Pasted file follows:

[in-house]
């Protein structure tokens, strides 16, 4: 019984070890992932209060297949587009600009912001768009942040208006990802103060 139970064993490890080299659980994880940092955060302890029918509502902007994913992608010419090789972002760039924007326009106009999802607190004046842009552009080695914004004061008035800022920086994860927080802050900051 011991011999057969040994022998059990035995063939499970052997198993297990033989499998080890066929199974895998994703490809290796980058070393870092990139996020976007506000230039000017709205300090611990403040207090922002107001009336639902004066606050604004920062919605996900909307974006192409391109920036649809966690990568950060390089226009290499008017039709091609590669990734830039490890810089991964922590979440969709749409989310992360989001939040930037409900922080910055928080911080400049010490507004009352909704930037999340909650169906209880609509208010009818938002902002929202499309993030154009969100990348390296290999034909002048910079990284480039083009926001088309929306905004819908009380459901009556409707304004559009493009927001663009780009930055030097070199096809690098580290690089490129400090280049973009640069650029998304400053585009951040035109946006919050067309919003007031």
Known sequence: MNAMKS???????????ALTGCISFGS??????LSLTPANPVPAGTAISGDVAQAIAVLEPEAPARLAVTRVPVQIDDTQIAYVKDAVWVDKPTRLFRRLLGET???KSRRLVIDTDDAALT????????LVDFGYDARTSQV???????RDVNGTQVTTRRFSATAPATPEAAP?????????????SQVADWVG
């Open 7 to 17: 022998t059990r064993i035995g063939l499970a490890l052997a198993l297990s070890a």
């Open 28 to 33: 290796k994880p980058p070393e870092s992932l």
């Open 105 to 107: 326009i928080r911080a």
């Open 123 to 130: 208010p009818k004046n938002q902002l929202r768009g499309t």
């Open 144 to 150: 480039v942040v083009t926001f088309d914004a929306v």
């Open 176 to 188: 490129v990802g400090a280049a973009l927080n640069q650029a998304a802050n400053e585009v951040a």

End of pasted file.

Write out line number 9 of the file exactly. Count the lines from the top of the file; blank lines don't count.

């Open 176 to 188: 490129v990802g400090a280049a973009l927080n640069q650029a998304a802050n400053e585009v951040a």